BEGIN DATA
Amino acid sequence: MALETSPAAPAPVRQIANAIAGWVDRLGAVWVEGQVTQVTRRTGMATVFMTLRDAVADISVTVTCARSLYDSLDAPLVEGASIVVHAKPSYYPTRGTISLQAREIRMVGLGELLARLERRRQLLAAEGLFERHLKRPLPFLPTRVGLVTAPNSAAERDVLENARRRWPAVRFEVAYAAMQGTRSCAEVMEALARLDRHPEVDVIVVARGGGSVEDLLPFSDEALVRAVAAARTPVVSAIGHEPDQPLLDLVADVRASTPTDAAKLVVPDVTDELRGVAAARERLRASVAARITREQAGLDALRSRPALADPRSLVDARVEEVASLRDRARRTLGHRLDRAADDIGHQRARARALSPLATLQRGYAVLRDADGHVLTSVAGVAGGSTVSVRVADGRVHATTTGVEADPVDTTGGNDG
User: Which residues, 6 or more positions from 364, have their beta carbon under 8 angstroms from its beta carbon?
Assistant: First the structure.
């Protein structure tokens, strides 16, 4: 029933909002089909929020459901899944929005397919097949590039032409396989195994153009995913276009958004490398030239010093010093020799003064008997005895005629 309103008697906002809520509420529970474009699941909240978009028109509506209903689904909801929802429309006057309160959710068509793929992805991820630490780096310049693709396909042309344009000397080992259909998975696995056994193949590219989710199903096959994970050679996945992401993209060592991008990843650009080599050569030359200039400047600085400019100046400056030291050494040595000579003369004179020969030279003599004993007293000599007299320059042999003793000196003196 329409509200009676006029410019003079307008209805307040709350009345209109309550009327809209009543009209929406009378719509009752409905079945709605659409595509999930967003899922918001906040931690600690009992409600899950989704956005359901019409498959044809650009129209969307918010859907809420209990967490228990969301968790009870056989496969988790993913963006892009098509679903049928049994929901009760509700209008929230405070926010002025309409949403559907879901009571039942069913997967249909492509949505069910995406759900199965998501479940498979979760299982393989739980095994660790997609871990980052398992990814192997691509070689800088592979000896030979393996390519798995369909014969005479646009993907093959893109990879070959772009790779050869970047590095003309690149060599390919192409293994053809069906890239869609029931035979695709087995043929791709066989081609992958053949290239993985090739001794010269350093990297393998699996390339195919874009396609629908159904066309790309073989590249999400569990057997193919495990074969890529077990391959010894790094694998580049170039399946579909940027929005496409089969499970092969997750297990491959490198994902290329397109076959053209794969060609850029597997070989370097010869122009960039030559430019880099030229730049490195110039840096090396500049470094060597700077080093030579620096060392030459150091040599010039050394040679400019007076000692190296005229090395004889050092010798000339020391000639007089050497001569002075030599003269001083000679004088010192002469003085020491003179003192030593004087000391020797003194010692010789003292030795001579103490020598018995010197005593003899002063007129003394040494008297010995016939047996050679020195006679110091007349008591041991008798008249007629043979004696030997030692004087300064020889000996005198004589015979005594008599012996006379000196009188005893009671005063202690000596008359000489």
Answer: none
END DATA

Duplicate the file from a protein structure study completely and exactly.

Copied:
Amino acid sequence: MALETSPAAPAPVRQIANAIAGWVDRLGAVWVEGQVTQVTRRTGMATVFMTLRDAVADISVTVTCARSLYDSLDAPLVEGASIVVHAKPSYYPTRGTISLQAREIRMVGLGELLARLERRRQLLAAEGLFERHLKRPLPFLPTRVGLVTAPNSAAERDVLENARRRWPAVRFEVAYAAMQGTRSCAEVMEALARLDRHPEVDVIVVARGGGSVEDLLPFSDEALVRAVAAARTPVVSAIGHEPDQPLLDLVADVRASTPTDAAKLVVPDVTDELRGVAAARERLRASVAARITREQAGLDALRSRPALADPRSLVDARVEEVASLRDRARRTLGHRLDRAADDIGHQRARARALSPLATLQRGYAVLRDADGHVLTSVAGVAGGSTVSVRVADGRVHATTTGVEADPVDTTGGNDG
User: Which residues, 6 or more positions from 364, have their beta carbon under 8 angstroms from its beta carbon?
Assistant: First the structure.
């Protein structure tokens, strides 16, 4: 029933909002089909929020459901899944929005397919097949590039032409396989195994153009995913276009958004490398030239010093010093020799003064008997005895005629 309103008697906002809520509420529970474009699941909240978009028109509506209903689904909801929802429309006057309160959710068509793929992805991820630490780096310049693709396909042309344009000397080992259909998975696995056994193949590219989710199903096959994970050679996945992401993209060592991008990843650009080599050569030359200039400047600085400019100046400056030291050494040595000579003369004179020969030279003599004993007293000599007299320059042999003793000196003196 329409509200009676006029410019003079307008209805307040709350009345209109309550009327809209009543009209929406009378719509009752409905079945709605659409595509999930967003899922918001906040931690600690009992409600899950989704956005359901019409498959044809650009129209969307918010859907809420209990967490228990969301968790009870056989496969988790993913963006892009098509679903049928049994929901009760509700209008929230405070926010002025309409949403559907879901009571039942069913997967249909492509949505069910995406759900199965998501479940498979979760299982393989739980095994660790997609871990980052398992990814192997691509070689800088592979000896030979393996390519798995369909014969005479646009993907093959893109990879070959772009790779050869970047590095003309690149060599390919192409293994053809069906890239869609029931035979695709087995043929791709066989081609992958053949290239993985090739001794010269350093990297393998699996390339195919874009396609629908159904066309790309073989590249999400569990057997193919495990074969890529077990391959010894790094694998580049170039399946579909940027929005496409089969499970092969997750297990491959490198994902290329397109076959053209794969060609850029597997070989370097010869122009960039030559430019880099030229730049490195110039840096090396500049470094060597700077080093030579620096060392030459150091040599010039050394040679400019007076000692190296005229090395004889050092010798000339020391000639007089050497001569002075030599003269001083000679004088010192002469003085020491003179003192030593004087000391020797003194010692010789003292030795001579103490020598018995010197005593003899002063007129003394040494008297010995016939047996050679020195006679110091007349008591041991008798008249007629043979004696030997030692004087300064020889000996005198004589015979005594008599012996006379000196009188005893009671005063202690000596008359000489």
Answer: none